So try to get a gadget that packs in lots of features, and yet does that without violating the principle of simplicity. Do remember, though, that all other things being equal, a mother will prefer a sleek device to a bulky one - all said and done, a mom is also a lady.
Make it large
Size does matter when it comes to gadgets, so make sure that even the so-called portable devices you hand her have a large display, saving her the need to squint at a small screen or to read the micro-type on buttons that even you would struggle to make sense of. Another advantage of size is the fact that it does enable them to show off the gizmo. No, not because they are exhibitionists by nature, but just because rare is the mum who will not show her friends what her child gave her on Mother's Day.
...And very solid
It might make salespersons wince and look around in a furtive manner for store security, but whenever possible, find out if the gadget you are giving your mum is going to survive a nasty fall or two. No, we do not mean to claim that all mums are butterfingers, but the truth is that they often end up handling so many things that it is but natural for a few to fall. So look for gadgets with a sturdy design that will last for a while at least.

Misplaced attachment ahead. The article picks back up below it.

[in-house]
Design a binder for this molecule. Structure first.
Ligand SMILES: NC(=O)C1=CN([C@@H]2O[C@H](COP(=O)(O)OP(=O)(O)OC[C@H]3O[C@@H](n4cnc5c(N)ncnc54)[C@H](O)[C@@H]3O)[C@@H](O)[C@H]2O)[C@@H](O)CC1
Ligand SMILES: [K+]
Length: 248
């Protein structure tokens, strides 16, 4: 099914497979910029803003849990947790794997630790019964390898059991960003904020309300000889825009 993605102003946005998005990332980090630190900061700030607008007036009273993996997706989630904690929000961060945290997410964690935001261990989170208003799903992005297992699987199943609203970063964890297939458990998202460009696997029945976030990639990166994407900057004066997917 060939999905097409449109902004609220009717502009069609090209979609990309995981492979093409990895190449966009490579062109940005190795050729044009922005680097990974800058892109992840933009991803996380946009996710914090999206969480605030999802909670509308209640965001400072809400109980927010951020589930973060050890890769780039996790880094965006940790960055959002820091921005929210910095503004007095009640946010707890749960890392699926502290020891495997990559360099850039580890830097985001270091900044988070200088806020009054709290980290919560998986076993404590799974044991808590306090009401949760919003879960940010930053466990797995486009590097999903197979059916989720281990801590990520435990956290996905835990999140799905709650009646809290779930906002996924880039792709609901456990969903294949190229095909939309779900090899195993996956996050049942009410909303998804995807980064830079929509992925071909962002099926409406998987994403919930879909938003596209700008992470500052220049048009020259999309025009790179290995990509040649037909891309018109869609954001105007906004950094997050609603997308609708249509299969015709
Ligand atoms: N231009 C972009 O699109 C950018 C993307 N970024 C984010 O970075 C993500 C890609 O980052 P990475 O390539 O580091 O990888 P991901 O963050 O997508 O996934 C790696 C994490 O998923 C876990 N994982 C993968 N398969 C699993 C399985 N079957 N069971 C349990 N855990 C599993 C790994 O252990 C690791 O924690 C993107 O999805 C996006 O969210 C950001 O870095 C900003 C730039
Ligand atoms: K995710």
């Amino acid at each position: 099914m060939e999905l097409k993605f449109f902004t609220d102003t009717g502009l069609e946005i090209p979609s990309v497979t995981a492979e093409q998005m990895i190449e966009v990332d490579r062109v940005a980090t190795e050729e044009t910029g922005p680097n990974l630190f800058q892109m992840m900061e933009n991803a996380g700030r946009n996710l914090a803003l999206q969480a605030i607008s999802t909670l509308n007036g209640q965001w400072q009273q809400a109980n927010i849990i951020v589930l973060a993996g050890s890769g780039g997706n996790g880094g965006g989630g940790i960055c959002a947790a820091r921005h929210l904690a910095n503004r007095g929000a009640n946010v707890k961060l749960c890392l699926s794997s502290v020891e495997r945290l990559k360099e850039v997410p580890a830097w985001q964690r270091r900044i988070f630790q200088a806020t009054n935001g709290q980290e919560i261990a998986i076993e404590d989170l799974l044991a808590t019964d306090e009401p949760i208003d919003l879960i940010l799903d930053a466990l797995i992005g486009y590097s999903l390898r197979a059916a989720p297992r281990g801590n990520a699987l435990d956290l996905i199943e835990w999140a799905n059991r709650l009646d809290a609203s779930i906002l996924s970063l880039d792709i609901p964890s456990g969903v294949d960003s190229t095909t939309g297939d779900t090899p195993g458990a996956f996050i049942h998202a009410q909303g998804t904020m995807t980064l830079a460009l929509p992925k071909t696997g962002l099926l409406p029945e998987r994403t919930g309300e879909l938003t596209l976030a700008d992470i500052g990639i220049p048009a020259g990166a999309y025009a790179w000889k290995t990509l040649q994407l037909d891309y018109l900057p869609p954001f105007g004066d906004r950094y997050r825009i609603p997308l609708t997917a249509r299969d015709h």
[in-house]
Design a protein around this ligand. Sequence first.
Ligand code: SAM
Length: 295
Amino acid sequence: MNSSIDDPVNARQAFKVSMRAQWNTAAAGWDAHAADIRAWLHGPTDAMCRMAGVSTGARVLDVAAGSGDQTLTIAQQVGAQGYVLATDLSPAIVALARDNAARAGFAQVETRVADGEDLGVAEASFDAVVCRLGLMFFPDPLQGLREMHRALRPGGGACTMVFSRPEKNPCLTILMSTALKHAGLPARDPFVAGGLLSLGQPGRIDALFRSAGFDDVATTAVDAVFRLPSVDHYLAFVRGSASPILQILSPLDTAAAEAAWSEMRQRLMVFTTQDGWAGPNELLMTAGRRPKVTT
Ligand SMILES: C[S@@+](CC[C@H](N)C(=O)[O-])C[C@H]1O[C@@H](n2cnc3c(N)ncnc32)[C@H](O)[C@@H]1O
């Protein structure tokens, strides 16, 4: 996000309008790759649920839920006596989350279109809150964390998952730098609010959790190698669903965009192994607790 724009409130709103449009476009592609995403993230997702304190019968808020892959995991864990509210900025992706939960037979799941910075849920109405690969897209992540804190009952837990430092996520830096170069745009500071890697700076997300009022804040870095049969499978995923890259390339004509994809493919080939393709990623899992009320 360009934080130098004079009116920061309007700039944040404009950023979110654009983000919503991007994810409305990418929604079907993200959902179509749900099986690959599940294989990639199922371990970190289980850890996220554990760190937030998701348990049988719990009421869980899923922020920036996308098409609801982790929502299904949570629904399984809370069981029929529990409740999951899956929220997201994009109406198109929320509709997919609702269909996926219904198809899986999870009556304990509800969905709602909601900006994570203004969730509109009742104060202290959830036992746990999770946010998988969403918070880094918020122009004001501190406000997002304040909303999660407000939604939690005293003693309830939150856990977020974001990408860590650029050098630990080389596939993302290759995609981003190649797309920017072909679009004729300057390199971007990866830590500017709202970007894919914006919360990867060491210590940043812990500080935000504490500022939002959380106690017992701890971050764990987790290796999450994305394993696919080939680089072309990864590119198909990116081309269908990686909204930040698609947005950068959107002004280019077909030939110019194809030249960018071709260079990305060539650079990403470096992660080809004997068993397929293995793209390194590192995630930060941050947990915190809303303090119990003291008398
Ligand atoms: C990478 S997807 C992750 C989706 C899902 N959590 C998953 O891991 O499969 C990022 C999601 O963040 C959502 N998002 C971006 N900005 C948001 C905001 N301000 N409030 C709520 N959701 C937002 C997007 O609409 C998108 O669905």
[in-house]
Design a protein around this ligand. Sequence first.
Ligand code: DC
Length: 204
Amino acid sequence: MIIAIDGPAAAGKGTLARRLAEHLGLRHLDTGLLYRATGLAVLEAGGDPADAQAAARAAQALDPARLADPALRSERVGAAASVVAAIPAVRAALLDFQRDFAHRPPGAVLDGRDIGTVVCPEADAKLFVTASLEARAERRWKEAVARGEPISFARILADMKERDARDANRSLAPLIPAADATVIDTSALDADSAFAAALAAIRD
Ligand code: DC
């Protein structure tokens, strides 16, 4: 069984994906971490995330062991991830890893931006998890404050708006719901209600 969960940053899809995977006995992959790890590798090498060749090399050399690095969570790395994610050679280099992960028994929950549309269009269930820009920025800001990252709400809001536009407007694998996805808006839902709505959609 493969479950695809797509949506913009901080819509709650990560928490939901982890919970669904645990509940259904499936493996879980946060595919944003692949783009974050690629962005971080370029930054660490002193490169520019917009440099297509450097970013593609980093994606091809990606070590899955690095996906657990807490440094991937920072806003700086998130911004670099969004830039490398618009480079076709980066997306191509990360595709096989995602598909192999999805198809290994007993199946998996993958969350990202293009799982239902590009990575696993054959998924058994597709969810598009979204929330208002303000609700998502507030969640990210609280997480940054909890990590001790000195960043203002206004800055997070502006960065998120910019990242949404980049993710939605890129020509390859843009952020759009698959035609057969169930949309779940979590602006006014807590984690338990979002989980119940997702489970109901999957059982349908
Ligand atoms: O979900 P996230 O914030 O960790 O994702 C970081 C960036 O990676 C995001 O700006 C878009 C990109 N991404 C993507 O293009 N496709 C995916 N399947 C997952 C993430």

Value for money
In any mother's dictionary, the word 'economy' inevitably pops up between 'large' and 'size'. No matter what you purchase and no matter how much you insist that it is good value for money, there's a fair chance that your mum will haul you over the coals for spending too much. So be prepared with a complete justification of expenses incurred when you buy a gadget for the mater. We would also advise you to burn the bills - it will help you buy time while your mother finds out the real cost of what you have got for her.
Keep help handy
No matter which gadget you give your mum, there is no way you can ensure that it will not malfunction or stop functioning altogether at some point of time. The only thing that you can ensure is to buy a product from folks who are more than willing to help out when things go wrong. For, whether you like it or not, if something does go wrong with your gift, your mum will try and set things right herself before turning to her beloved offspring. So go in for a product that comes with excellent support.